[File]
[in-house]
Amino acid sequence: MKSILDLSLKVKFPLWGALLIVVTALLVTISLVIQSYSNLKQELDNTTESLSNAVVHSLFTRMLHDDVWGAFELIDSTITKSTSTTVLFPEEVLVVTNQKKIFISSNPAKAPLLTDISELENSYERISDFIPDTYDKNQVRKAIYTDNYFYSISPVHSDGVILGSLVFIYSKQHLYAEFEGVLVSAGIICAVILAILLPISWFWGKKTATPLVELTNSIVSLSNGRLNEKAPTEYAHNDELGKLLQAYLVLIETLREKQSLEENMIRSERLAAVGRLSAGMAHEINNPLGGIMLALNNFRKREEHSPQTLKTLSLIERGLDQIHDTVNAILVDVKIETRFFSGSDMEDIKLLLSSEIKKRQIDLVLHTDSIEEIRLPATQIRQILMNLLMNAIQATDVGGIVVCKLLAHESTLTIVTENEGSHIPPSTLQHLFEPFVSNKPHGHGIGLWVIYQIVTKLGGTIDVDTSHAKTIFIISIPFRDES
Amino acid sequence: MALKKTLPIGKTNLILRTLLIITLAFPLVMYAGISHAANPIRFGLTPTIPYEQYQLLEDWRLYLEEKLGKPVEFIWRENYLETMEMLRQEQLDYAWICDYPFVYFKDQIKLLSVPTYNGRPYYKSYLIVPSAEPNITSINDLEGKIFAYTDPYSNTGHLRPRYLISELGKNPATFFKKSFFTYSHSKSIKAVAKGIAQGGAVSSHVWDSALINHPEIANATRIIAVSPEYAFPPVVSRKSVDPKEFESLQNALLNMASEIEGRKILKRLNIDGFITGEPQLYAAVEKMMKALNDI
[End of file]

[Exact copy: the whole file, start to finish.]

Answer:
[in-house]
Amino acid sequence: MKSILDLSLKVKFPLWGALLIVVTALLVTISLVIQSYSNLKQELDNTTESLSNAVVHSLFTRMLHDDVWGAFELIDSTITKSTSTTVLFPEEVLVVTNQKKIFISSNPAKAPLLTDISELENSYERISDFIPDTYDKNQVRKAIYTDNYFYSISPVHSDGVILGSLVFIYSKQHLYAEFEGVLVSAGIICAVILAILLPISWFWGKKTATPLVELTNSIVSLSNGRLNEKAPTEYAHNDELGKLLQAYLVLIETLREKQSLEENMIRSERLAAVGRLSAGMAHEINNPLGGIMLALNNFRKREEHSPQTLKTLSLIERGLDQIHDTVNAILVDVKIETRFFSGSDMEDIKLLLSSEIKKRQIDLVLHTDSIEEIRLPATQIRQILMNLLMNAIQATDVGGIVVCKLLAHESTLTIVTENEGSHIPPSTLQHLFEPFVSNKPHGHGIGLWVIYQIVTKLGGTIDVDTSHAKTIFIISIPFRDES
Amino acid sequence: MALKKTLPIGKTNLILRTLLIITLAFPLVMYAGISHAANPIRFGLTPTIPYEQYQLLEDWRLYLEEKLGKPVEFIWRENYLETMEMLRQEQLDYAWICDYPFVYFKDQIKLLSVPTYNGRPYYKSYLIVPSAEPNITSINDLEGKIFAYTDPYSNTGHLRPRYLISELGKNPATFFKKSFFTYSHSKSIKAVAKGIAQGGAVSSHVWDSALINHPEIANATRIIAVSPEYAFPPVVSRKSVDPKEFESLQNALLNMASEIEGRKILKRLNIDGFITGEPQLYAAVEKMMKALNDI